King’s Lynn hospital launches new work programme for disabled people

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After five years of success Project Search is calling for more applicants to come forward once again and discover the world of work.

The scheme is for people with learning difficulties and is a joint initiative between Lynn’s Queen Elizabeth Hospital, the College of West Anglia, Norfolk County Council and Remploy.

It aims to ‘bridge the gap to employment’ for young people with learning difficulties, giving them practical experiences in a number of the Trust’s departments as well as on-site additional support such as CV writing, interview techniques, and the ultimate goal of securing paid work.

Following last year’s great success, with six out of the eight students finding employment, this year Project SEARCH are calling on anyone who thinks the course might be for them to attend an open day and find out just how it could change their life.

Gareth Box is just one of Project SEARCH’s success stories.

Named Foundation Studies Student of the Year 2014 by the College of West Anglia, Gareth said he wouldn’t be the person he is today without the skills and confidence he gained with Project Search:

“I heard about Project Search through a family member initially. I was interested in what they were doing with the hospital so I decided to come along to an open day just to see if it might be for me.

“It was really good. It gave me the chance to see exactly what they had on offer and I met everyone I would potentially be working with. From the open day I felt comfortable about coming back for the interview.

“We came to the hospital to the Project SEARCH classroom and started with a few small activities so the team could work out what our individual skills were. Then I had my own interview. I heard that I’d been successful a few days later.

Gareth started his placement at the Trust in mandatory training and later tried his hand in the Workforce Information team.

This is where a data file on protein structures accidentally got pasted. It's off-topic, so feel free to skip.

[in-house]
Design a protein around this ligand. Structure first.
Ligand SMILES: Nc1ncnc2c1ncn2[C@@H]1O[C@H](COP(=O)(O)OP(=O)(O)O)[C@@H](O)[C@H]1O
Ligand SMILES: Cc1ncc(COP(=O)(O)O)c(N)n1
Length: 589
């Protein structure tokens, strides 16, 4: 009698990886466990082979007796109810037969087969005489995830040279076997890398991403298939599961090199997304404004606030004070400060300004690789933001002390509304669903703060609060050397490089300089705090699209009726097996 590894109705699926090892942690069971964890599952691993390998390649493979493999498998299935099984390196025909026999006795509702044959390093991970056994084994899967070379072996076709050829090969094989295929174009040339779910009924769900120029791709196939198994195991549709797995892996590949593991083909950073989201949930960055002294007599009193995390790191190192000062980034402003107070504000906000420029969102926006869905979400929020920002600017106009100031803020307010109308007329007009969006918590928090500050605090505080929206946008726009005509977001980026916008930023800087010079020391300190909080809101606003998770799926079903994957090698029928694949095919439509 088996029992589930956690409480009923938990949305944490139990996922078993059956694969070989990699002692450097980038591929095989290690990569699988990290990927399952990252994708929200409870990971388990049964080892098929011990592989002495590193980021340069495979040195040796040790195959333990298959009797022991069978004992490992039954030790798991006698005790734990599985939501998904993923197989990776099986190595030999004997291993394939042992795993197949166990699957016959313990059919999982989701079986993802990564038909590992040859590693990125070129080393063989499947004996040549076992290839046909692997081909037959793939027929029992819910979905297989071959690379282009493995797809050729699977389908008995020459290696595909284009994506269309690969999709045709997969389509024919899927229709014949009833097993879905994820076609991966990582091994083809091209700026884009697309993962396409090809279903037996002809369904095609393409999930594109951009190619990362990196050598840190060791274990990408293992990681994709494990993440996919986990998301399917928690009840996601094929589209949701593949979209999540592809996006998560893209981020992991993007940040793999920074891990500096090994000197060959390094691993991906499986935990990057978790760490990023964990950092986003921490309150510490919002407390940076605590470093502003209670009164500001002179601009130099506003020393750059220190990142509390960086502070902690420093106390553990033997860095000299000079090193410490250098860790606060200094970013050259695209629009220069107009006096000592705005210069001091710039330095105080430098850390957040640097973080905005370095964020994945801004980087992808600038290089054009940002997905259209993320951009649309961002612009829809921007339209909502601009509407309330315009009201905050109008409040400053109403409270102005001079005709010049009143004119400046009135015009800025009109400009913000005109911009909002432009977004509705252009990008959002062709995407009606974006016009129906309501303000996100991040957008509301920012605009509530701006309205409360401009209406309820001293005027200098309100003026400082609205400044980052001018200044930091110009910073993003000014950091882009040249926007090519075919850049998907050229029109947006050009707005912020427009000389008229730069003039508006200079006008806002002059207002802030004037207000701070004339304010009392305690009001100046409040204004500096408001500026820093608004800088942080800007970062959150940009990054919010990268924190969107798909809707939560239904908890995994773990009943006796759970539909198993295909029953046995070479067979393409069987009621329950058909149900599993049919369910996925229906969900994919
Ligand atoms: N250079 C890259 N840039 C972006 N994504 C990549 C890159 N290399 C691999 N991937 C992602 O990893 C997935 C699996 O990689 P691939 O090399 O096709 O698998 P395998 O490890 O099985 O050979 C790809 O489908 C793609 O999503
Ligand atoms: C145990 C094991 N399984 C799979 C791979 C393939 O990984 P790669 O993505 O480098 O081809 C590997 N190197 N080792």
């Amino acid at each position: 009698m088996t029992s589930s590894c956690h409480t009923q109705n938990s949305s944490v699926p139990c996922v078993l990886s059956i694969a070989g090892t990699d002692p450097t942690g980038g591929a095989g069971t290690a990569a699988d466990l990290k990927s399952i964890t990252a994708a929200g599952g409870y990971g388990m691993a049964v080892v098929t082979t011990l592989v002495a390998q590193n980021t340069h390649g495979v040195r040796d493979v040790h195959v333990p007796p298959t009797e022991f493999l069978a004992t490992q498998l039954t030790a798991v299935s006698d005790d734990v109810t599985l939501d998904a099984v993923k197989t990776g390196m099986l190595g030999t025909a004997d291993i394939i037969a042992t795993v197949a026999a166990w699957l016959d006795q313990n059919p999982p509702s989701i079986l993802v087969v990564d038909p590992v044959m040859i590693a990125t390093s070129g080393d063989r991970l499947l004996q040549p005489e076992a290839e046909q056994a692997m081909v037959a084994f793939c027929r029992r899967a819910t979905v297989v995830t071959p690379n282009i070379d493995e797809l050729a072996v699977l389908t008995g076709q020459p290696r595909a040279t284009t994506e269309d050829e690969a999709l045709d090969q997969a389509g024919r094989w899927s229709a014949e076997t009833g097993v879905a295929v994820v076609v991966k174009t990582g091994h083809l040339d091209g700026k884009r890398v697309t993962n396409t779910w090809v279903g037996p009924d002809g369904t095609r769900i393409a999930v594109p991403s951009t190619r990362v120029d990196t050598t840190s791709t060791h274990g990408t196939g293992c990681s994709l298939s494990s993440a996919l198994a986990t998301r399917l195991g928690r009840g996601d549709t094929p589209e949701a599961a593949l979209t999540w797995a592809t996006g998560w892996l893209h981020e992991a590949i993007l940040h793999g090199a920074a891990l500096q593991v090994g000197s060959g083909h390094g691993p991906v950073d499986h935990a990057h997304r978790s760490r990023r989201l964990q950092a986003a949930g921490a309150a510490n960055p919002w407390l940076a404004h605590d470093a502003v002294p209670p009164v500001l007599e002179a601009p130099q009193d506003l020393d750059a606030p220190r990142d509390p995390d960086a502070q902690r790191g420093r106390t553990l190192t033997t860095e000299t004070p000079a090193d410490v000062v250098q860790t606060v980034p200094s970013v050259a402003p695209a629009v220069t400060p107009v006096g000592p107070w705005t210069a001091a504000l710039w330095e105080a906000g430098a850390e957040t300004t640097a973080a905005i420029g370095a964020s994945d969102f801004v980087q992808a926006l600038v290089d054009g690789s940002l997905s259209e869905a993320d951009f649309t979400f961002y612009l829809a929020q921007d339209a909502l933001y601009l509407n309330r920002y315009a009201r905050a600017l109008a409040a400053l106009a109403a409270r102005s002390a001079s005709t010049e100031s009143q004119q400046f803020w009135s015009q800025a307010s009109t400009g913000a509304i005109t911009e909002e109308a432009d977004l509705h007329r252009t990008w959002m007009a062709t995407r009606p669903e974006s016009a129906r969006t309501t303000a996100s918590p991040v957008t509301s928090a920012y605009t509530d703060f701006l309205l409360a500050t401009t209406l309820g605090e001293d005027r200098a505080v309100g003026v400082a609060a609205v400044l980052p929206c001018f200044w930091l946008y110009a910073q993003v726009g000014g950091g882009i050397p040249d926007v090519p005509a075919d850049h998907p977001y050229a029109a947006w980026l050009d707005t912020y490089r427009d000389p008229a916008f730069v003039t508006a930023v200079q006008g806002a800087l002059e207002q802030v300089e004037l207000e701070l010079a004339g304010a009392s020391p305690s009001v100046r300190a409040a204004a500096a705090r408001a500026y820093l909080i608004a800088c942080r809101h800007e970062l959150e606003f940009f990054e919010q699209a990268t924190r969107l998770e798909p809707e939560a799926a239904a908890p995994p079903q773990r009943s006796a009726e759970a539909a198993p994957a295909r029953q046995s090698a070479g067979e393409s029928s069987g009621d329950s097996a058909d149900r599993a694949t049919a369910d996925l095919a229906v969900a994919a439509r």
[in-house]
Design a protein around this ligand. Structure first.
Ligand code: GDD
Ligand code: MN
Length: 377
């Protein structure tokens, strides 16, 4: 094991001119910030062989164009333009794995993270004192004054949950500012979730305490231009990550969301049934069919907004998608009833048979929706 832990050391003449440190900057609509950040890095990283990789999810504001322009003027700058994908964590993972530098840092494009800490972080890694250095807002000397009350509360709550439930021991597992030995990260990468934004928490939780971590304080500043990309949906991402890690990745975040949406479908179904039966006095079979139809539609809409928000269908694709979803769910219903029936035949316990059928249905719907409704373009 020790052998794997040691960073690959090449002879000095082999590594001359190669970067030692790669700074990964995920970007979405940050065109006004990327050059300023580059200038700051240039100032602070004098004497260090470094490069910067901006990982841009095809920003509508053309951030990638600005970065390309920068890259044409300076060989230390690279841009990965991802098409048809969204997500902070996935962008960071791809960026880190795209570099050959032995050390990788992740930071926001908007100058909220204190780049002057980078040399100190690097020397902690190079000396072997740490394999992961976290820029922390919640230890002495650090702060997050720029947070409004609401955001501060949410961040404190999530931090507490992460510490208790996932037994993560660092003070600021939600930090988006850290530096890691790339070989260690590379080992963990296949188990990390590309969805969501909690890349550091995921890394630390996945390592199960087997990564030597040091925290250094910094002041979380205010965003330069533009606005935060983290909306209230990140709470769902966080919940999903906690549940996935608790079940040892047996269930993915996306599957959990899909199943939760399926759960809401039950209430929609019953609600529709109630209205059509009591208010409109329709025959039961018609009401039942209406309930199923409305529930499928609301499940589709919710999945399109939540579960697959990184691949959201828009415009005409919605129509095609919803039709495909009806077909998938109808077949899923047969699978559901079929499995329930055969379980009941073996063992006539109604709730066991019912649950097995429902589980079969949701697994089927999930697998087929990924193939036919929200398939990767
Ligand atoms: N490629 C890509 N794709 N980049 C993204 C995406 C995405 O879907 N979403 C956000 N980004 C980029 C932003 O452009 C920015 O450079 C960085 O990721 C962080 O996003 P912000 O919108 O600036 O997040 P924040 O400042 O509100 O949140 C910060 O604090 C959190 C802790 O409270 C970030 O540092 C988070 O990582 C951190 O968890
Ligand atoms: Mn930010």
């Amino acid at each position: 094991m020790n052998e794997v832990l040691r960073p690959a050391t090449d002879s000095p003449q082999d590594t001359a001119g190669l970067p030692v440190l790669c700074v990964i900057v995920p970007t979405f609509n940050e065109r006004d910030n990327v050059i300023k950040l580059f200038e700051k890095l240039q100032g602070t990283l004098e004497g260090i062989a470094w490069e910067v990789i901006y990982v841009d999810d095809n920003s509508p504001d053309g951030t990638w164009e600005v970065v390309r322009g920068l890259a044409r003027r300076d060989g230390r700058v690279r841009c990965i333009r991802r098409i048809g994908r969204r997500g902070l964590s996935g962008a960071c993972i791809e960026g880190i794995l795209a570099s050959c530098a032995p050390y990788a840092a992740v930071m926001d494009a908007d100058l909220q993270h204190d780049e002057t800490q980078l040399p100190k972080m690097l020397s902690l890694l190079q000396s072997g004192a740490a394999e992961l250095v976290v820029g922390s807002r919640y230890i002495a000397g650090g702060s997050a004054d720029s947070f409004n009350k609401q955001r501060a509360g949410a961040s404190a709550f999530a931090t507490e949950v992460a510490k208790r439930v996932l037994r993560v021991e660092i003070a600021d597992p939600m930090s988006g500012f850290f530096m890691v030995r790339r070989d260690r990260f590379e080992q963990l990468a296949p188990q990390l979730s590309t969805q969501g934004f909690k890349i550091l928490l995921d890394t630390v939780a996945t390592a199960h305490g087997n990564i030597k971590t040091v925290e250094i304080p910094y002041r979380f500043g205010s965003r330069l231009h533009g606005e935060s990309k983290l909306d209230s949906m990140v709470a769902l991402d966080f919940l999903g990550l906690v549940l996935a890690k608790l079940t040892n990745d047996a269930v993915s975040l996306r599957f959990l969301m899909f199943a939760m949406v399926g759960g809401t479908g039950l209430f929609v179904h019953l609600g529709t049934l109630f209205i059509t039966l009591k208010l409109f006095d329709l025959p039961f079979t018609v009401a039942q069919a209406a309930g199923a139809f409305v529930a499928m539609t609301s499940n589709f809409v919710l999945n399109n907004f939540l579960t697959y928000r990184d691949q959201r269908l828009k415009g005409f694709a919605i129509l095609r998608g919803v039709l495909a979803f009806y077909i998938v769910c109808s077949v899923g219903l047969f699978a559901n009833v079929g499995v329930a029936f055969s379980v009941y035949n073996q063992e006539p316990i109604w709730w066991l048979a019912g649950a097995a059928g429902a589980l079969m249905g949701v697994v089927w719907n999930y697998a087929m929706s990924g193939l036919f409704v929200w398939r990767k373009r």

With the support from the Project SEARCH team Gareth was able to put his new found skills and confidence form his placements into a professional CV and was encouraged to apply for suitable roles to meet his personal needs.

Having impressed the Mandatory Training team during his placement Gareth was offered an apprenticeship at the end of his course but went one further and successfully secured the role of assistant in Workforce Information where he still works today.

He said: “It’s worth coming to see what skills you have and what you could get out of the work involvement of this course. Project Search is a really good course, you get so much experience. When I first started I was quiet and not very ‘out there’ but now I’m much more confident and happy.

“The Queen Elizabeth Hospital is a friendly environment to work in. People are always willing to help you out if you are willing to yourself out there for them too.”

Kally Sagoo, course director on Project SEARCH, said: ”Project SEARCH can be a life-changing experience for all the students that come on the course. It gives them a sense of self achievement.”

The Project SEARCH open day event is on March 18, 6pm-8pm at the QEH. Past and current students and parents, carers and support workers will be at the open event to talk to guests about their experiences.

To book places at the open event please call 01553612328 or 07767463175. The closing date for applications is April 27 and interviews will take place on May 14.